Big news here: people don’t trust businesses and government agencies very much. That’s the take-away from Edelman’s Trust Barameter, an industry report that measures attitudes about trust related to business, government and media. I love the report and I always learn a lot from the presentation, but this trust issue struck me as a key hurdle for the small businesses that I consult with. If trust is down and it takes “multiple voices, in multiple channels” (up to 10 voices, specifically) to communicate an issue before your stakeholder trusts what they have heard, is your business communicating enough, in enough places, to create a credible message?

When I do PR consultations I am often told “we just want to do Facebook” or “just help us figure out Twitter,” as if one tool makes a strategy. I don’t support a toss-it-at-the-wall-and-see-what-sticks approach and the report clearly underscores my belief that a diverse portfolio of communications approaches is required.

This is an extra burden for the 73% of all U.S. businesses that are sole proprietors. The 7% that are partnerships may have a tiny advantage, but if businesses need to communicate on all fronts and there is only one or two people minding the store, how will those businesses be successful? Corporations generate approximately $17 billion dollars of income annually (89% of all US total receipts) so we expect that they have some room for increasing communications budgets. Small and medium sized businesses, not so much.

It is not enough to post it once and hope it gets liked. If you want your business to really engage with customers and clients, then you are going to have to get serious about having real conversations. Many real conversations. Like at least 10 in various forms. That’s a lot of talking just to build some trust. But trust has tangible benefits, just ask the folks at Edelman. Essentially, if your customers trust you, 85% of them will consciously select your service over competitors.

Need some pointers on how to get talking and start building trust on all 10 fronts? I have a few rules to get you started.

Jules Rules for Creating Conversations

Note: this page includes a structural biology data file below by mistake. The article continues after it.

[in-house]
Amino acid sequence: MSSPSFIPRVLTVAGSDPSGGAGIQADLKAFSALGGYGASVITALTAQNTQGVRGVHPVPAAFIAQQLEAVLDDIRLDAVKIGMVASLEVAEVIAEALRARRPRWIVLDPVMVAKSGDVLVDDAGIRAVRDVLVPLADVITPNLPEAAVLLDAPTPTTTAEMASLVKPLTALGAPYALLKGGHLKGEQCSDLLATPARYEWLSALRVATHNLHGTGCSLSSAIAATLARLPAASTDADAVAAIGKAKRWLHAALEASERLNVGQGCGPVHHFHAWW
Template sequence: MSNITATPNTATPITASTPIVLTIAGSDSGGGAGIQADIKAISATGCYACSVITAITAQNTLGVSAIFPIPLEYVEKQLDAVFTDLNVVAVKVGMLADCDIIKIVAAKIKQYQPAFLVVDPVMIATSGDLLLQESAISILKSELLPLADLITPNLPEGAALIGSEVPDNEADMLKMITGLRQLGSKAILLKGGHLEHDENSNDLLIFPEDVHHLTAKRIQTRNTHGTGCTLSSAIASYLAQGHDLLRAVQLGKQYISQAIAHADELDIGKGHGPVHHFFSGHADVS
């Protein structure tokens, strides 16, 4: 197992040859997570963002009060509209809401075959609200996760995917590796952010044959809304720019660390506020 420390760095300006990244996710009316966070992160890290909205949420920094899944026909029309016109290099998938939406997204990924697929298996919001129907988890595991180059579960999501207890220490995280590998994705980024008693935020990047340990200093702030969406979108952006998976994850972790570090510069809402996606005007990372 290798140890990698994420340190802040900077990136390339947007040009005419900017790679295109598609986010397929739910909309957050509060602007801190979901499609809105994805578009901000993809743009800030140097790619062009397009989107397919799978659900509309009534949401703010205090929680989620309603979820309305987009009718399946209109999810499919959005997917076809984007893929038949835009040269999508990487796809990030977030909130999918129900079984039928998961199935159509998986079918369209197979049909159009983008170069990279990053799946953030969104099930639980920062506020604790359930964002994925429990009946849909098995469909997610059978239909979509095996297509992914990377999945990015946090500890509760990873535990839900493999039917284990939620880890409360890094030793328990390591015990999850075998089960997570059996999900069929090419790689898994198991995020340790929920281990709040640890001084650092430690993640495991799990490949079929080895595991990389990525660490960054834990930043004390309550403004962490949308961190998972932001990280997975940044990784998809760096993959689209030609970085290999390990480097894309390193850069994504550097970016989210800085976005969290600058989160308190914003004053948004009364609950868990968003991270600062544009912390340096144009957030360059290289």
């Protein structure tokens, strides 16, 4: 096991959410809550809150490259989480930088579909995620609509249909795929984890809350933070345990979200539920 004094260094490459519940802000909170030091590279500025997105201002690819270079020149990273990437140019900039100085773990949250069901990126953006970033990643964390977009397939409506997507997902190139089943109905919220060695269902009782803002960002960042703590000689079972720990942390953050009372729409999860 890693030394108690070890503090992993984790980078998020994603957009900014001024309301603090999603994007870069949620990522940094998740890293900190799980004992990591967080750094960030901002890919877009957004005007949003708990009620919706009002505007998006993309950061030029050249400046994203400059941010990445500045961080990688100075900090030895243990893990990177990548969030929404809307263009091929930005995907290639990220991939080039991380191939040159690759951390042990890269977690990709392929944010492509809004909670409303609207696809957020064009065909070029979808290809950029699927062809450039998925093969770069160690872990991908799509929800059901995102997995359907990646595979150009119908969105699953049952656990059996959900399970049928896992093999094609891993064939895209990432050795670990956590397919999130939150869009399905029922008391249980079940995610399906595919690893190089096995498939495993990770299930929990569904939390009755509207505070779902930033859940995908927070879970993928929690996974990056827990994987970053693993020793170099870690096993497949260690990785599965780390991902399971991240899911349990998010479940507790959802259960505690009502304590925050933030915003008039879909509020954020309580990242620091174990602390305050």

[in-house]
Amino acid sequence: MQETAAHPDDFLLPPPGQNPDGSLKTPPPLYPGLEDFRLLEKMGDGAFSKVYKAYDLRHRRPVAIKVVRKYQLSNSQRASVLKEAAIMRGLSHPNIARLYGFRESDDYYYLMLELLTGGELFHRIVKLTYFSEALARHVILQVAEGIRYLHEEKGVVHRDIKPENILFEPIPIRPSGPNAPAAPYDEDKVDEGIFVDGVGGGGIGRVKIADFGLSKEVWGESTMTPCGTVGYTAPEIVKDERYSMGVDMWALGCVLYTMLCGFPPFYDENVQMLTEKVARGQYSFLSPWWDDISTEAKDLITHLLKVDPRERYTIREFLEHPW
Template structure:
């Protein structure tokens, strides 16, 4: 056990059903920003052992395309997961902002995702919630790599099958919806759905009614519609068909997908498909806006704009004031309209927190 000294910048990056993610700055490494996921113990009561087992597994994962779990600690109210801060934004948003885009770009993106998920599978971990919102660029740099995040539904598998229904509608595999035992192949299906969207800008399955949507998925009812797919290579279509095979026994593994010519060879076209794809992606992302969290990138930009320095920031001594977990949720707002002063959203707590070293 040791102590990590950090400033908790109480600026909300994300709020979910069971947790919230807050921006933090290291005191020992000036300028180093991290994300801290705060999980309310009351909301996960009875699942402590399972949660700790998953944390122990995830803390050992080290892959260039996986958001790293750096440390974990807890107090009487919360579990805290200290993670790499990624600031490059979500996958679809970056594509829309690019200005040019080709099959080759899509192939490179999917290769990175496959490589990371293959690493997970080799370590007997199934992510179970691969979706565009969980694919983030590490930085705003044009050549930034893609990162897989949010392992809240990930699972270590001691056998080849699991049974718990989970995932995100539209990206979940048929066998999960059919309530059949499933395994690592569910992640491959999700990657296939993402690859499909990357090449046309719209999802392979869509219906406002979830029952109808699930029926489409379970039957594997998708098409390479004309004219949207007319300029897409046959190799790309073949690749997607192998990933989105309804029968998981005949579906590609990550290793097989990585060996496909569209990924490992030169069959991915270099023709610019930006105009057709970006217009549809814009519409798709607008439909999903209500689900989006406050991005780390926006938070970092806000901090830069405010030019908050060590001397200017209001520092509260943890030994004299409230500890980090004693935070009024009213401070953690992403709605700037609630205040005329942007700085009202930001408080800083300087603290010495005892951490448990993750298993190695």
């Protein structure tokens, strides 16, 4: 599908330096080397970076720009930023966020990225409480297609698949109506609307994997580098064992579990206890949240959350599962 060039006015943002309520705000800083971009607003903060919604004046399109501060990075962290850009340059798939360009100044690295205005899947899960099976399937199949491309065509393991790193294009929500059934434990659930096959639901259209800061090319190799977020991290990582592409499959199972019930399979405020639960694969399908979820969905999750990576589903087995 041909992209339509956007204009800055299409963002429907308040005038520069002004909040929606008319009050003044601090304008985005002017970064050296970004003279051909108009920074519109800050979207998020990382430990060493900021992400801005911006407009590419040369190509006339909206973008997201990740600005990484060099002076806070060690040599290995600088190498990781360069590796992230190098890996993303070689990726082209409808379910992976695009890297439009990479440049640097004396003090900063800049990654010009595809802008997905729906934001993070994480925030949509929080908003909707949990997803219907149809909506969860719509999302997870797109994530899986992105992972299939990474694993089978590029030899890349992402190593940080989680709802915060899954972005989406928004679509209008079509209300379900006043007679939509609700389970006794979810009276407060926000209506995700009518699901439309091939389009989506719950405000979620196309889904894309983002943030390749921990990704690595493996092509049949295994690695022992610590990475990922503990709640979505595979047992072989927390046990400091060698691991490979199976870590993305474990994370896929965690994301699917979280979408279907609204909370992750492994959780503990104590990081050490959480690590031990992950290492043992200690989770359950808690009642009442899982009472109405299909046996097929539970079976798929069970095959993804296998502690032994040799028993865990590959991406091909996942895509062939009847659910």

1. Analyze your processes to see where you intersect with customers, clients and employees. You may find opportunities where, instead of whizzing by and waving, you can stop and have a conversation.
  2. Make everyone a CCO – Chief Communications Officer. Your staff needs the authority and responsibility to communicate about the company on many fronts as possible. Don’t gag them with lengthy social media policies and approval processes. Train them, train them again and then let them talk.
  3. Chat it up from the top. Leadership needs to take charge and lead the way. All too often the CEO, management or the Big Boss wants this whole engagement thing done right away, but they themselves don’t have a second to learn or incorporate the new tools of communication. If it doesn’t come from the top, it doesn’t happen.
The real question to ask yourself and your team is this: Do we talk enough to build trust? If you’re the strong and silent type you may not be getting your message heard and you may not be building much needed trust.

Got some trust issues? Give me a buzz and we can talk about it.

~ Jules

PS. Thanks BizStats.com for the big numbers!

4 thoughts on “Do You Talk Enough To Build Trust?

  1. Thanks for the great post Jules. I, like you, believe that trust is a key hurdle for business’ to get over. we have to work at it daily and integrate it into each element of our business.

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    1. Yes, I agree that it is part of everything we do. The relationship will grow if there is trust, but so for many, the relationship will not even start because there is zero engagement. I sat in a meeting today and was shocked to surprised how much terrific news and information the company had brewing, but the CEO told me last week that there was nothing to talk about. This person is so accustomed to keeping quiet, important, valuable news is not being shared. I tend to talk a lot, so I guess it is easy for me, but for businesses who are used to playing it close to the vest, this new relationship/engagement economy must be very uncomfortable.

      Thanks so much for taking the time to talk with me.
      ~ Jules

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  2. Building trust with employees, and potential customers with whom you conduct busines with on daily business is critical. What steps do you recommend when leadership does not see the value in building the same level of trust. How do you open up that dialog with your boss, and fellow employees?

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    1. Annie ~ I have worked for a couple of companies that did not see the value of building trust or they simply prioritized it much lower than I thought they should. One company truly did not value building trust and they have always paid for it in the form of a poor brand image within the industry, high employee turnover and consistently failing to reach their potential.

      If you are in a position to consult, meaning to have the ear of your boss or other leaders, then start pushing the issue in meetings and as an initiative the you take the lead on. If not, then I suggest one and one meetings with you boss and other leaders to discuss the issues. If it is not a priority to the organization, then you have a challenge before you. Take the lead and offer solutions and potential results (higher productivity, lower turnover, etc.) so that they know you are vested in both making it work and being part of the solution.

      I hope you will let me know how it goes. I feel so strongly that internal communications is what makes a company strong.

      Thanks for being here.
      Best,
      Jules

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